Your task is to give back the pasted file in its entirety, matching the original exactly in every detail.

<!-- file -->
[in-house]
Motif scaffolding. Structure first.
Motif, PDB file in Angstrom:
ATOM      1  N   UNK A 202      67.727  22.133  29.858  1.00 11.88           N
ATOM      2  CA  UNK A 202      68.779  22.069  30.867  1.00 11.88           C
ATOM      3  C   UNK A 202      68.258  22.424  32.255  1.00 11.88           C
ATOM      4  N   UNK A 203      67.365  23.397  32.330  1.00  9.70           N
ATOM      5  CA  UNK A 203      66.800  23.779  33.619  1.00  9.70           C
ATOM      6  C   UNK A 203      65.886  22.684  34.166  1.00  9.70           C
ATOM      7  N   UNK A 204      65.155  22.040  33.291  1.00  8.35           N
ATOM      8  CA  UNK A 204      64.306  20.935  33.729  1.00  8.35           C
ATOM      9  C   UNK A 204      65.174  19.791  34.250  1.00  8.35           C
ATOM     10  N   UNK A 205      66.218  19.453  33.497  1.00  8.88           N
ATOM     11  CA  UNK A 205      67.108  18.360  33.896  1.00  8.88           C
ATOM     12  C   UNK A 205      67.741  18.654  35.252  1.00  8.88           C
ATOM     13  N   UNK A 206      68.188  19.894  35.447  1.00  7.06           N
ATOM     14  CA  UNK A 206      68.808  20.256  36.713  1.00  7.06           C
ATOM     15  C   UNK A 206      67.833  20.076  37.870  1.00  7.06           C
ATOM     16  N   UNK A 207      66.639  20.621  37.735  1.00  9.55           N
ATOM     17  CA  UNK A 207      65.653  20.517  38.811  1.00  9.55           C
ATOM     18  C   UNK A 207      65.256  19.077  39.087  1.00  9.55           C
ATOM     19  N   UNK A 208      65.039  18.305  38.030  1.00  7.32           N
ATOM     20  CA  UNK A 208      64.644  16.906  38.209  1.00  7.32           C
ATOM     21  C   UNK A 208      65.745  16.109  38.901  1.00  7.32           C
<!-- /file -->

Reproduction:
[in-house]
Motif scaffolding. Structure first.
Motif, PDB file in Angstrom:
ATOM      1  N   UNK A 202      67.727  22.133  29.858  1.00 11.88           N
ATOM      2  CA  UNK A 202      68.779  22.069  30.867  1.00 11.88           C
ATOM      3  C   UNK A 202      68.258  22.424  32.255  1.00 11.88           C
ATOM      4  N   UNK A 203      67.365  23.397  32.330  1.00  9.70           N
ATOM      5  CA  UNK A 203      66.800  23.779  33.619  1.00  9.70           C
ATOM      6  C   UNK A 203      65.886  22.684  34.166  1.00  9.70           C
ATOM      7  N   UNK A 204      65.155  22.040  33.291  1.00  8.35           N
ATOM      8  CA  UNK A 204      64.306  20.935  33.729  1.00  8.35           C
ATOM      9  C   UNK A 204      65.174  19.791  34.250  1.00  8.35           C
ATOM     10  N   UNK A 205      66.218  19.453  33.497  1.00  8.88           N
ATOM     11  CA  UNK A 205      67.108  18.360  33.896  1.00  8.88           C
ATOM     12  C   UNK A 205      67.741  18.654  35.252  1.00  8.88           C
ATOM     13  N   UNK A 206      68.188  19.894  35.447  1.00  7.06           N
ATOM     14  CA  UNK A 206      68.808  20.256  36.713  1.00  7.06           C
ATOM     15  C   UNK A 206      67.833  20.076  37.870  1.00  7.06           C
ATOM     16  N   UNK A 207      66.639  20.621  37.735  1.00  9.55           N
ATOM     17  CA  UNK A 207      65.653  20.517  38.811  1.00  9.55           C
ATOM     18  C   UNK A 207      65.256  19.077  39.087  1.00  9.55           C
ATOM     19  N   UNK A 208      65.039  18.305  38.030  1.00  7.32           N
ATOM     20  CA  UNK A 208      64.644  16.906  38.209  1.00  7.32           C
ATOM     21  C   UNK A 208      65.745  16.109  38.901  1.00  7.32           C